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Measuring around 18 miles long, New Hampshire has the smallest shoreline of all coastal states. But for about 400 years, it’s been enough to support small boat fishermen in the Seacoast region. They make their livings cruising New England’s waters for cod, lobster, shrimp and other stocks.For decades, the industry’s been challenged by declining populations of fish and shellfish, as well as changing federal regulations. As of 2010, New England fishermen are allowed to catch a set poundage of fish based on their take over a 10-year span. New Hampshire fishermen argue this change has made the cost of working outpace profits, forced many small boats out of business, and discouraged new people from entering the industry. No matter the cause, figures from the US Census Bureau clearly show an industry in decline. In Portsmouth, the Seacoast’s main city, the Census Bureau reports only 0.2 percent of residents work in the “Farming, fishing and forestry occupations” category. That’s compared to 0.6 percent in 2000. A number of New Hampshire fishermen, politicians, and historians believe that without change, the state’s small boat fishing industry is heading toward extinction.Summary provided by StateImpact NH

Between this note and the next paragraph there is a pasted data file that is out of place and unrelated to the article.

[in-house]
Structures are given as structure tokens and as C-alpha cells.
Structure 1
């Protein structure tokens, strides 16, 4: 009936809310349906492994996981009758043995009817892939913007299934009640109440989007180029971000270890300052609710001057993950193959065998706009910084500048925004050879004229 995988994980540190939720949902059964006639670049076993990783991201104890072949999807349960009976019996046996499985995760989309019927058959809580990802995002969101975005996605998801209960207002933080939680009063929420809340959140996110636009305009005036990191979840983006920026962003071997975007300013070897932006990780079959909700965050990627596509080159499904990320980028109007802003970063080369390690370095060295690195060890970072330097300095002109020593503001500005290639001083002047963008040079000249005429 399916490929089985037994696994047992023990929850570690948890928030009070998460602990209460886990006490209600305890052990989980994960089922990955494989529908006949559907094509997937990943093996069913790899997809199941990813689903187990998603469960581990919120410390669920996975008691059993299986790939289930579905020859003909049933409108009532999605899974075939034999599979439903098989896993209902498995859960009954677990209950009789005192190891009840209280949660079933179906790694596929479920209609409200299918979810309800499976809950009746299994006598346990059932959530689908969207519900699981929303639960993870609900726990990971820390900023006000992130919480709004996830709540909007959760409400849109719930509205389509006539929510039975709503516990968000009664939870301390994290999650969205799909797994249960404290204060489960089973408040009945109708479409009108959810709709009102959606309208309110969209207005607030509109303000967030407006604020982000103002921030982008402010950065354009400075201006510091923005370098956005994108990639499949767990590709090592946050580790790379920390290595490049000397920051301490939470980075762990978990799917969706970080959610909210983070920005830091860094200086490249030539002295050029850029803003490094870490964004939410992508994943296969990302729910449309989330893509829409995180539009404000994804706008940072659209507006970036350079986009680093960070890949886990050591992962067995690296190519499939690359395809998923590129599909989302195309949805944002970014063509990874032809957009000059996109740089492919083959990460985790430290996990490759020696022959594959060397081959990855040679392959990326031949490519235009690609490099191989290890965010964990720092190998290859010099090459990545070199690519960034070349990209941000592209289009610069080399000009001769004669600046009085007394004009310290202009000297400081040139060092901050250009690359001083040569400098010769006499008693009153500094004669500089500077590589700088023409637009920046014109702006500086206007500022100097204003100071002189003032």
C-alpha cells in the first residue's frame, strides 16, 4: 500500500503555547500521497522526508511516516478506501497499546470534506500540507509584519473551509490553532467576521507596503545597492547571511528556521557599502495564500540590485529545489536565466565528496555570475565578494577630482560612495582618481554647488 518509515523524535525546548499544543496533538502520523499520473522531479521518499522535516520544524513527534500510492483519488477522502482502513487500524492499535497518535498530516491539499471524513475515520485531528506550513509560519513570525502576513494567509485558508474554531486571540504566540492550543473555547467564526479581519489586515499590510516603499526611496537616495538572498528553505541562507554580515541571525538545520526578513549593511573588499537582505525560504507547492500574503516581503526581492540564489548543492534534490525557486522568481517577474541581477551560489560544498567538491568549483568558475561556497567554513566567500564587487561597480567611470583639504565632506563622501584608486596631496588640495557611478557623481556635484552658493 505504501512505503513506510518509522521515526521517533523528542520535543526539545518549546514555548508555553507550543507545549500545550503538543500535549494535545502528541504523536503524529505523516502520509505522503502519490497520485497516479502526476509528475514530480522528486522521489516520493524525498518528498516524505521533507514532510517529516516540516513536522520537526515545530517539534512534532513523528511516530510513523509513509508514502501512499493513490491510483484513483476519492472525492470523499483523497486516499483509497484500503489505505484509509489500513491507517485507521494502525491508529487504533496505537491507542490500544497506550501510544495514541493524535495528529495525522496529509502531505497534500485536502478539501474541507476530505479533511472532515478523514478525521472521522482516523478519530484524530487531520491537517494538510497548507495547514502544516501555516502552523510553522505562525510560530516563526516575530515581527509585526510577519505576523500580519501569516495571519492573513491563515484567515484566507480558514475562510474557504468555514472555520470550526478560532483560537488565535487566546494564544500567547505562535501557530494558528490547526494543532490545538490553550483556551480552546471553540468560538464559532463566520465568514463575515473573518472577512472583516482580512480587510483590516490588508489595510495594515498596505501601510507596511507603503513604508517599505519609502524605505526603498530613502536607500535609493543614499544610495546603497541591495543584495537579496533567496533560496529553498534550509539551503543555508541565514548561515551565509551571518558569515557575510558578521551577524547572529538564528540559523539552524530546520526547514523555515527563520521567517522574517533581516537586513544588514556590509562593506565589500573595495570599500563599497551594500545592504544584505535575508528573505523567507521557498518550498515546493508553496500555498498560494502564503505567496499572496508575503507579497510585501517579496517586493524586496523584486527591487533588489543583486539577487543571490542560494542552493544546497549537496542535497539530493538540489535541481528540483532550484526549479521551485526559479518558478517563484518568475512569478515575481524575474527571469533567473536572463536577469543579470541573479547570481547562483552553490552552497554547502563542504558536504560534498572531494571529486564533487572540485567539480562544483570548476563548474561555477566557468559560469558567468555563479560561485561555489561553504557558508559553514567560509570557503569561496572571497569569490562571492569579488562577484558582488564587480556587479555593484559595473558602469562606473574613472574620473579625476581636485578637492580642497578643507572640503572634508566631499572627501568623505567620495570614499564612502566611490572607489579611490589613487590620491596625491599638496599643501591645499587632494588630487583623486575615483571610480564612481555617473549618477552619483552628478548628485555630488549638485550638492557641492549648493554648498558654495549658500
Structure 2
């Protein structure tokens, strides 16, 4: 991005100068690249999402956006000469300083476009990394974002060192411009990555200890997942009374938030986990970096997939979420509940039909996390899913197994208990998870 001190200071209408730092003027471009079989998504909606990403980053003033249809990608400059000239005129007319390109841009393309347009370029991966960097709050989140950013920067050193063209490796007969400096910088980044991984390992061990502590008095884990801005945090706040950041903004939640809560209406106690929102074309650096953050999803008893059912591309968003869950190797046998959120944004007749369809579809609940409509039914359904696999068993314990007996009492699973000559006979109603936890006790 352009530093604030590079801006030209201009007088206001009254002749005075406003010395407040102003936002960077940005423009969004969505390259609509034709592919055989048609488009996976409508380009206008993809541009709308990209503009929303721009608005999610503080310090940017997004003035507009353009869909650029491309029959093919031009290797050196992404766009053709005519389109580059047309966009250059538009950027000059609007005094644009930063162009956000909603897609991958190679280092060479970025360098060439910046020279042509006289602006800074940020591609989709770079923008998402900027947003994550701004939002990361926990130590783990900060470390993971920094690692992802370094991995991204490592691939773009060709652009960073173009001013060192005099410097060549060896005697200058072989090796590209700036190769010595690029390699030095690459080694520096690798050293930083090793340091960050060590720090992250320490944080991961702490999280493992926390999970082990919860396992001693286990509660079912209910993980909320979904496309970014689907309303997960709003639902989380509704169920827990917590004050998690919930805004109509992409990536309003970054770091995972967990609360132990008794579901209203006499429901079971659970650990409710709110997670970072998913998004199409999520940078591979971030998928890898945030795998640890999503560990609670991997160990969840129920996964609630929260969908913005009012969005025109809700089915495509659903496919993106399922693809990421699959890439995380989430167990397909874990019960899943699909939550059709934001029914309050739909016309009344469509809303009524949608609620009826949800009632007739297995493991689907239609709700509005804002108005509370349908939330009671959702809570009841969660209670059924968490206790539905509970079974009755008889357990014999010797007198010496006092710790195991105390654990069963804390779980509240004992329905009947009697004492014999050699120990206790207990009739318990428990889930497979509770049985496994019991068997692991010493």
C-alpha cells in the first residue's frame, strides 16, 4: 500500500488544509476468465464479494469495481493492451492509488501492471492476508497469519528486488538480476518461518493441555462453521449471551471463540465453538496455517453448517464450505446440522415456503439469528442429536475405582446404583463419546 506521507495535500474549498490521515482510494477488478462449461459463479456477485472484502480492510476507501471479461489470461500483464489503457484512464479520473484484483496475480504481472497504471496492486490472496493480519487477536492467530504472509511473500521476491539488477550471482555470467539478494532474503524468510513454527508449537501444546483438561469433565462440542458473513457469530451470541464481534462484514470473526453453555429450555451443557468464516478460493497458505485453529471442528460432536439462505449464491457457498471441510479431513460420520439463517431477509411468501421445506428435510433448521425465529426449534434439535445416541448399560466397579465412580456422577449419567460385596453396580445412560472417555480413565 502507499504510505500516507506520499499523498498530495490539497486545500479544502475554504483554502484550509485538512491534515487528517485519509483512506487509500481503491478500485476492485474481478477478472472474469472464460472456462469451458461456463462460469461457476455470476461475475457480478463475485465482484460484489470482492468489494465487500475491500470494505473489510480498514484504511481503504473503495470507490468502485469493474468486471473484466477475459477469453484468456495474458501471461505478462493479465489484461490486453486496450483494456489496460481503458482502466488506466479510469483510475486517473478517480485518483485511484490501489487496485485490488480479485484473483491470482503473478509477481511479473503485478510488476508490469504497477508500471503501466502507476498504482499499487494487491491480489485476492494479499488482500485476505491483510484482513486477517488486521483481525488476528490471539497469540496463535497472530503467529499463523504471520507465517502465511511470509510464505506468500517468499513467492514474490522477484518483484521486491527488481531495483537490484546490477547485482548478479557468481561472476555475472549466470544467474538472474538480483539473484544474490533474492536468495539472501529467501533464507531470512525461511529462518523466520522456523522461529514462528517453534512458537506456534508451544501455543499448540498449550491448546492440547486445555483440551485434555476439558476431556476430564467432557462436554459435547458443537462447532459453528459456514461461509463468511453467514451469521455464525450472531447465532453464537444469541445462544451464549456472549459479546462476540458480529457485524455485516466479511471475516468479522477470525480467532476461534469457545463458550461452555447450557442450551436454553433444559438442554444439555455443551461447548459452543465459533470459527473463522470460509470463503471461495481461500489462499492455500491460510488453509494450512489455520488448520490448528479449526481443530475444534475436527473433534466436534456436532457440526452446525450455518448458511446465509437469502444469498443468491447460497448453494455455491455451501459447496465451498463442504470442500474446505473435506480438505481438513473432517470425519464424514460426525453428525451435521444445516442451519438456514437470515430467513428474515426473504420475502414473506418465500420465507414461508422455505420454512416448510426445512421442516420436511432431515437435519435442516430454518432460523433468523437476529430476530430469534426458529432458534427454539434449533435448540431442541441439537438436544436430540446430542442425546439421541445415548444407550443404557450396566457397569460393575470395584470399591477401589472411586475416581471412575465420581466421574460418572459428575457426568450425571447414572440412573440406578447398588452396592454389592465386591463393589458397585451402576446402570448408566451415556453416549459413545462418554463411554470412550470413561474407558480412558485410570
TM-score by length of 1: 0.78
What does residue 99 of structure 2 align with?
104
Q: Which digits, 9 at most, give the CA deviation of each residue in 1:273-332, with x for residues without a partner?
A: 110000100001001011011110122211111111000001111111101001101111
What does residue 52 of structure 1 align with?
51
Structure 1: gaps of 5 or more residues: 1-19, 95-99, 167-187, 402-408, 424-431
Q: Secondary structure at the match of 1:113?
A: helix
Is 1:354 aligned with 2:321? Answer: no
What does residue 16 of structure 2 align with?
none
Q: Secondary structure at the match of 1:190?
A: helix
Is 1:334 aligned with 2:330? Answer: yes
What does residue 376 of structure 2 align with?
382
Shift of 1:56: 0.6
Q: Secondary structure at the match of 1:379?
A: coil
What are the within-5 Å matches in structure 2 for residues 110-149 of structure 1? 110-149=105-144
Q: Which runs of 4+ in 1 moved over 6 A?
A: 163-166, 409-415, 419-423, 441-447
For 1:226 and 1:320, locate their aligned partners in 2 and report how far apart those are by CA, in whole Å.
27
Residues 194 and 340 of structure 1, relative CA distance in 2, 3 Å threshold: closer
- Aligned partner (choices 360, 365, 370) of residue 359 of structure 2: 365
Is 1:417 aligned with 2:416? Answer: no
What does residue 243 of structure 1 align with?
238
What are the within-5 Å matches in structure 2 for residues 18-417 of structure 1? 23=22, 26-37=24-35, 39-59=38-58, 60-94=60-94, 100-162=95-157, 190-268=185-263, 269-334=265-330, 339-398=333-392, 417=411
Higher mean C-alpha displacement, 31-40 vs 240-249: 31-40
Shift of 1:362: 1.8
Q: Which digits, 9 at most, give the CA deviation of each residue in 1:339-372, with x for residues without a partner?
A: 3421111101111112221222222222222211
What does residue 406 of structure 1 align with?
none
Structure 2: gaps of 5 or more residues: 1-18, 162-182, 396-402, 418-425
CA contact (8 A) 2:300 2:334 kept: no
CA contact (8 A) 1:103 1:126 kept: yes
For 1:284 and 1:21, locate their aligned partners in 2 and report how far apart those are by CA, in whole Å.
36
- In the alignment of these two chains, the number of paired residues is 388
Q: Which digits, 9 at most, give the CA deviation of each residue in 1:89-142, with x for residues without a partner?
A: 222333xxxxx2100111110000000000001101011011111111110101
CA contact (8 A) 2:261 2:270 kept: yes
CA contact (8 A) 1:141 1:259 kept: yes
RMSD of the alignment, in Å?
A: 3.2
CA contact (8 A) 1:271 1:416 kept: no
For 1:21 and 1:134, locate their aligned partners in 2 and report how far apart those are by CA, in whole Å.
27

Court Upholds Fisherman Paying for At-Sea Monitors

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A judge has denied a request from East Coast fishermen to stop the federal government's plan to hand them the cost of at-sea monitoring.

Fishermen of New England food species such as cod and haddock will have to start paying the cost of at-sea monitors March 1 under new rules. Monitors collect data to help determine future fishing quotas and can cost about $800 per day.

The challenge was the subject of a hearing at U.S. District Court in Concord last week. Judge Joseph Laplante denied the request Wednesday, saying it's barred under the law.

Hampton, New Hampshire-based David Goethel, one of the fishermen in the lawsuit, has said many fishermen won't be able to afford the added cost of monitors. A message to his lawyer wasn't immediately returned Thursday.

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